Smart speakers, have rapidly captured the attention of many households eager to enter a new world of conversational commerce. Payments by voice are gaining traction as the following article discusses the results of a recent survey that looked at the role of smart speakers as an emerging sales channel.
Speculative retailers have set their sights on voice shopping, but paying by voice could have broader implications. An Ovum and ACI Worldwide survey of billing organizations across the globe, conducted in January 2018, delved into the future of payments.
Mobile optimization was the biggest current priority among the organizations surveyed. Nearly half (49%) had mobile “e-billing” in development, and 20% wanted to offer it in the future. As far as specific mobile enhancements, the most popular was payments from a mobile-optimized website, with 46% offering that capability and 18% planning to.
One of the lower priority initiatives was enabling payments from connected devices like smart-home assistants, yet it was still cited by 28% of executives. Meanwhile, nearly one in five wanted to offer such payments in the future.
The ACI Worldwide and Ovum study specifically looked at consumer payment options provided by businesses, but voice payments also have the potential to include peer-to-peer (P2P) transactions. Recently, the Wall Street Journal reported that in addition to Amazon working on gas station payments via in-car Alexa devices, the retailer also has a feature in development where consumers can tell Alexa to pay a friend or family member. The latter would compete with services like PayPal’s Venmo or even Zelle, which is offered by banks but is less buzzy.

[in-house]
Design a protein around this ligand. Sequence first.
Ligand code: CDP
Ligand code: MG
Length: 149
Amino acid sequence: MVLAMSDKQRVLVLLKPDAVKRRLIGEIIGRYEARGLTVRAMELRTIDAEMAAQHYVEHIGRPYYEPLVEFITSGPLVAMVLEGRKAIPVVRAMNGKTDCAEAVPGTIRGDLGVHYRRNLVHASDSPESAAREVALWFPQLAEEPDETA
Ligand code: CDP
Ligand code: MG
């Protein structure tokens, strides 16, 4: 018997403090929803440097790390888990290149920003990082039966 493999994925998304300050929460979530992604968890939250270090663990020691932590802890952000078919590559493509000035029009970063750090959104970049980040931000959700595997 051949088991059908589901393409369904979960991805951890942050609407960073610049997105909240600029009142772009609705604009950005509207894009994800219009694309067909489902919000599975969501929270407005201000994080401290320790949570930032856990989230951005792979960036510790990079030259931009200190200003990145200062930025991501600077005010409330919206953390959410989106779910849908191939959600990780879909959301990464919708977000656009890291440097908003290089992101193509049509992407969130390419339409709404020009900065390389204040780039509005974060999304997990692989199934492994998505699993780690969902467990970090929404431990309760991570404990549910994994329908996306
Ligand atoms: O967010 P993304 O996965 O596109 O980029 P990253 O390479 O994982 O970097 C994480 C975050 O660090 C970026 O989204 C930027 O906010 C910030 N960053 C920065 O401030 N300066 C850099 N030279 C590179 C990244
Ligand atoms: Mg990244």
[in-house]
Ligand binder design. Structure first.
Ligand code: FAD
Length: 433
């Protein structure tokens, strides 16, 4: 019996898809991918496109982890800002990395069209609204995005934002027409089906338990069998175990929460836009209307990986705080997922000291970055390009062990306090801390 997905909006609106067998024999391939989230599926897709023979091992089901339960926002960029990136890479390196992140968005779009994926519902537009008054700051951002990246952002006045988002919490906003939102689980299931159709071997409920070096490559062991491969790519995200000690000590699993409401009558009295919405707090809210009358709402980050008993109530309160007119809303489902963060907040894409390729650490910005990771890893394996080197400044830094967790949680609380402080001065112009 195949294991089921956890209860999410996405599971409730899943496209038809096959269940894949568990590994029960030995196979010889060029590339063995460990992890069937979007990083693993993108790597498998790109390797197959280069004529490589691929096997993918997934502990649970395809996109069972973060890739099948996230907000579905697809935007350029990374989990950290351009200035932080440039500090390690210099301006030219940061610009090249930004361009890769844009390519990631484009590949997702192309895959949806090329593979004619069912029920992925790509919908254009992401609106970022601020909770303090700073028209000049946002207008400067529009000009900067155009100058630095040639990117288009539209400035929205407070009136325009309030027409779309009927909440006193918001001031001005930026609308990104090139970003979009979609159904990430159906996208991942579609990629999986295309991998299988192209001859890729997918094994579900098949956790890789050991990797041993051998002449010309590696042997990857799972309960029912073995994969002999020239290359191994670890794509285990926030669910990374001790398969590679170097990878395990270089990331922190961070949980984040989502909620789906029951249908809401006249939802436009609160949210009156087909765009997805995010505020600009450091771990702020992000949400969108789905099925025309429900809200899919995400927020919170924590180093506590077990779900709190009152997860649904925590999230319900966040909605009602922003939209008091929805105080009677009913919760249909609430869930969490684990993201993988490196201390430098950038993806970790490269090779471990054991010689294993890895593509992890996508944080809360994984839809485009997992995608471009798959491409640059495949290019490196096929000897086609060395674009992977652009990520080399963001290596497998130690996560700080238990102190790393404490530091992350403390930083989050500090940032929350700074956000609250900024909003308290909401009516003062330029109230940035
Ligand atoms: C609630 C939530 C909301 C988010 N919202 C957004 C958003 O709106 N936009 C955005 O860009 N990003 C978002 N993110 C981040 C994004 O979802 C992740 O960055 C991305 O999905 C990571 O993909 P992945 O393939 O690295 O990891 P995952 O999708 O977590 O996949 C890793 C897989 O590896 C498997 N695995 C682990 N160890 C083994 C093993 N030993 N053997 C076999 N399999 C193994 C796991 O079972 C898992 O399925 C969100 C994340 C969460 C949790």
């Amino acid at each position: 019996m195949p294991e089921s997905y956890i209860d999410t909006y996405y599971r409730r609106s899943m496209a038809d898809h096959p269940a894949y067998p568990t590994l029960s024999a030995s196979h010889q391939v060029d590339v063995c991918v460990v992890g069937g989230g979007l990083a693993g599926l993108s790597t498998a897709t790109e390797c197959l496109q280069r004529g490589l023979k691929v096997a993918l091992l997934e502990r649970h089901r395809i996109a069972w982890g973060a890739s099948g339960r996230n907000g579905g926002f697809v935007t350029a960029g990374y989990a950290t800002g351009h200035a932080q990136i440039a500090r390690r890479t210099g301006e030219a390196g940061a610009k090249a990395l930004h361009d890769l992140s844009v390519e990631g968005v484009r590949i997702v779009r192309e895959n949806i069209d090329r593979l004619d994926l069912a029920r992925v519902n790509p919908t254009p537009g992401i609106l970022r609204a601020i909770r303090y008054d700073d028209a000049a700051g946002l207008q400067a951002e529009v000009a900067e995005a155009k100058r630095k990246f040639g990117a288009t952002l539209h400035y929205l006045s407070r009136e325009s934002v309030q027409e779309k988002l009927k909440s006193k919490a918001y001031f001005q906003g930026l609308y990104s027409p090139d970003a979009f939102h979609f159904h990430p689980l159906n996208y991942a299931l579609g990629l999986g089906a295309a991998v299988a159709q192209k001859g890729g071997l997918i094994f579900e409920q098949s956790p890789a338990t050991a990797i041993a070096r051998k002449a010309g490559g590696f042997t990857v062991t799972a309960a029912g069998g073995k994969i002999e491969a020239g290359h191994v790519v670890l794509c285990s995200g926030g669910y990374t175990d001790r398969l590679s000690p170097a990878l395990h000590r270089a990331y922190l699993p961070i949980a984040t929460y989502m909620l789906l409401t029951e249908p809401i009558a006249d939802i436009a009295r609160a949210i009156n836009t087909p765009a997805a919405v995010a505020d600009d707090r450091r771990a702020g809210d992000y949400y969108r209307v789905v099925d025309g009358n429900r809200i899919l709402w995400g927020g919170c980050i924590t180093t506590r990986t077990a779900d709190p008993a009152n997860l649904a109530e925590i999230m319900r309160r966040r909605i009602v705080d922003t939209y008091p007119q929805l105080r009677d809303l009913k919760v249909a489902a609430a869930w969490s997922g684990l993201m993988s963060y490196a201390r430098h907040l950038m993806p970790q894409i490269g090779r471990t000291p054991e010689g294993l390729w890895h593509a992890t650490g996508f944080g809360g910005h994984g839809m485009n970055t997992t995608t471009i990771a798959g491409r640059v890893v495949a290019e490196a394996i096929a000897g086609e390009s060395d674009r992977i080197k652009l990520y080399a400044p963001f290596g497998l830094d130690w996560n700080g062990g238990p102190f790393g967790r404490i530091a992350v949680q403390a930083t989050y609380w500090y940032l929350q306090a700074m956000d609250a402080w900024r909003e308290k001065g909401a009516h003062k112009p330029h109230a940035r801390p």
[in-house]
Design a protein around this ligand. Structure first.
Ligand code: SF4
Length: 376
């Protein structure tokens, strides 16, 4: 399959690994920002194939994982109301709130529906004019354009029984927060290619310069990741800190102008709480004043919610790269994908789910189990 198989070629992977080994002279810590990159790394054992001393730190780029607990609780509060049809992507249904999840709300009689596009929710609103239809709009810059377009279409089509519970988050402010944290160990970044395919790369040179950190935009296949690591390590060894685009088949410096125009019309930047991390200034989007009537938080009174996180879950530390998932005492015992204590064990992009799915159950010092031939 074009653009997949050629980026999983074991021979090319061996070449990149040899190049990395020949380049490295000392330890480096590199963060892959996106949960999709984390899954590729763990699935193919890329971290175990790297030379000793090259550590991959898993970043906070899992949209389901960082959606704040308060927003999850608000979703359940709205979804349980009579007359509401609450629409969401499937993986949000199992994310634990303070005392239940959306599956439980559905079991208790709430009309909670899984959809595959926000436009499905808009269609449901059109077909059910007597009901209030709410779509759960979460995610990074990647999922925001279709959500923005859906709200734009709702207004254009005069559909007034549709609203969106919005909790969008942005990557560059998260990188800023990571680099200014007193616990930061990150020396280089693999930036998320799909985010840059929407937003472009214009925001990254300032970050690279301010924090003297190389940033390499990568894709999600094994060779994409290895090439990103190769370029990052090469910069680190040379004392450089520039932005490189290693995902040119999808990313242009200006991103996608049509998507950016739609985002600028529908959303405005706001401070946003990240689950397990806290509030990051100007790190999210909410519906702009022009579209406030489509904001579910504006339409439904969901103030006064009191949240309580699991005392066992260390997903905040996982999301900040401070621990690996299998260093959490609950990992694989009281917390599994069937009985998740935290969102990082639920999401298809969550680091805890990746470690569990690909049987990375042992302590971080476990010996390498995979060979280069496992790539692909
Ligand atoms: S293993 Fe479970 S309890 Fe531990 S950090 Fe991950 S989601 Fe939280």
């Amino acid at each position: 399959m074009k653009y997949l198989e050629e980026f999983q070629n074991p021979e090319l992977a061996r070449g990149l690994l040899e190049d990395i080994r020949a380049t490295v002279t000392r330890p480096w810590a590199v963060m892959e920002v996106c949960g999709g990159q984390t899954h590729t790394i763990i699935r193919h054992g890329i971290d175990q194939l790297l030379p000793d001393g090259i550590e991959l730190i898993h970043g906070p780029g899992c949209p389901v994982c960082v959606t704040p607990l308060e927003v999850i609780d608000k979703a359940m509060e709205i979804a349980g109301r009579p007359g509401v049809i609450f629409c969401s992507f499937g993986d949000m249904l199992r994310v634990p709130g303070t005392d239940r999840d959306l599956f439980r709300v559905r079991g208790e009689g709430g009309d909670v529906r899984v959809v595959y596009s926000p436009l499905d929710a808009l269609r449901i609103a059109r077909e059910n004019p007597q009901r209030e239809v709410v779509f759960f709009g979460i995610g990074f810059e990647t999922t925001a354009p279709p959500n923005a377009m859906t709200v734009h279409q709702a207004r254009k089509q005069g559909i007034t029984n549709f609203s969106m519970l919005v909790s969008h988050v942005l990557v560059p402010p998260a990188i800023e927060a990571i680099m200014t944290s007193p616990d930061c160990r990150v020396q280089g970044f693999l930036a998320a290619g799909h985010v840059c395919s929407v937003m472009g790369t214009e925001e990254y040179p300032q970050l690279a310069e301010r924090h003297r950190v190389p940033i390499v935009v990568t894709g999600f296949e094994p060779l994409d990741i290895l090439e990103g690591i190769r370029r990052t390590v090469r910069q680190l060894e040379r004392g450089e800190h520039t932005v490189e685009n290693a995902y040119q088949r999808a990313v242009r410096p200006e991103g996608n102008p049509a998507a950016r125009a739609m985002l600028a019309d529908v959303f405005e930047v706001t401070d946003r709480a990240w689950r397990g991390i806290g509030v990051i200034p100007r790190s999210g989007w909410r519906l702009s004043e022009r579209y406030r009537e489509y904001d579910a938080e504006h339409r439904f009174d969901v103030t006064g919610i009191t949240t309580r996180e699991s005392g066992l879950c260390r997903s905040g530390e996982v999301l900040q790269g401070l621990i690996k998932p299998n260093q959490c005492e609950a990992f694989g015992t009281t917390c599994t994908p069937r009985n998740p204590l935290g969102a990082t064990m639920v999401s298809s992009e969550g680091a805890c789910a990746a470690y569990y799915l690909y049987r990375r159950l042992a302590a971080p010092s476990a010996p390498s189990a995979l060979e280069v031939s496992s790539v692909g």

Voice is one part of a multi-modal commerce strategy that retailers must address in order to be competitive. Consumers are realizing that conversational commerce is fast and convenient, and in many cases, they can be multi-tasking—say making dinner while ordering and paying for household items from a voice device-accessible merchant. While the train has not left the station, merchants still have time to climb aboard as voice commerce is here to stay.
Overview by Raymond Pucci, Associate Director, Research Services at Mercator Advisory Group
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